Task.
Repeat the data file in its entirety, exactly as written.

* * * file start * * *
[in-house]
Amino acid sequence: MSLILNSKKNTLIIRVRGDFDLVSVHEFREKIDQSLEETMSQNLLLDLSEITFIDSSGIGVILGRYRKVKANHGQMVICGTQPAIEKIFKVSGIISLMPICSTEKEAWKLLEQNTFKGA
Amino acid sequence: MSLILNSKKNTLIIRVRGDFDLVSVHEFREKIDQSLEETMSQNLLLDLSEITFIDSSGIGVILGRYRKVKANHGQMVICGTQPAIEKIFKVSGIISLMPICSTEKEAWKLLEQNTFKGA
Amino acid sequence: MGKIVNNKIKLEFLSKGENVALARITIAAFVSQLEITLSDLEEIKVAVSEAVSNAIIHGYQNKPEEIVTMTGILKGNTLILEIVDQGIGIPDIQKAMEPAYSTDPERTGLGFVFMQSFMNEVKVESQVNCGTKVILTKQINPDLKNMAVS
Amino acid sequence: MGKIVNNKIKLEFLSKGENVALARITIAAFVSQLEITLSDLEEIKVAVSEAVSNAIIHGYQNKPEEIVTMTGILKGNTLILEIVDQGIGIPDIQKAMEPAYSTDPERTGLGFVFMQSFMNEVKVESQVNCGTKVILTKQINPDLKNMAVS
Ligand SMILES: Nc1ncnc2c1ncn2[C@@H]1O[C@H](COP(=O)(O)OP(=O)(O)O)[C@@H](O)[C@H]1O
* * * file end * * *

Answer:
[in-house]
Amino acid sequence: MSLILNSKKNTLIIRVRGDFDLVSVHEFREKIDQSLEETMSQNLLLDLSEITFIDSSGIGVILGRYRKVKANHGQMVICGTQPAIEKIFKVSGIISLMPICSTEKEAWKLLEQNTFKGA
Amino acid sequence: MSLILNSKKNTLIIRVRGDFDLVSVHEFREKIDQSLEETMSQNLLLDLSEITFIDSSGIGVILGRYRKVKANHGQMVICGTQPAIEKIFKVSGIISLMPICSTEKEAWKLLEQNTFKGA
Amino acid sequence: MGKIVNNKIKLEFLSKGENVALARITIAAFVSQLEITLSDLEEIKVAVSEAVSNAIIHGYQNKPEEIVTMTGILKGNTLILEIVDQGIGIPDIQKAMEPAYSTDPERTGLGFVFMQSFMNEVKVESQVNCGTKVILTKQINPDLKNMAVS
Amino acid sequence: MGKIVNNKIKLEFLSKGENVALARITIAAFVSQLEITLSDLEEIKVAVSEAVSNAIIHGYQNKPEEIVTMTGILKGNTLILEIVDQGIGIPDIQKAMEPAYSTDPERTGLGFVFMQSFMNEVKVESQVNCGTKVILTKQINPDLKNMAVS
Ligand SMILES: Nc1ncnc2c1ncn2[C@@H]1O[C@H](COP(=O)(O)OP(=O)(O)O)[C@@H](O)[C@H]1O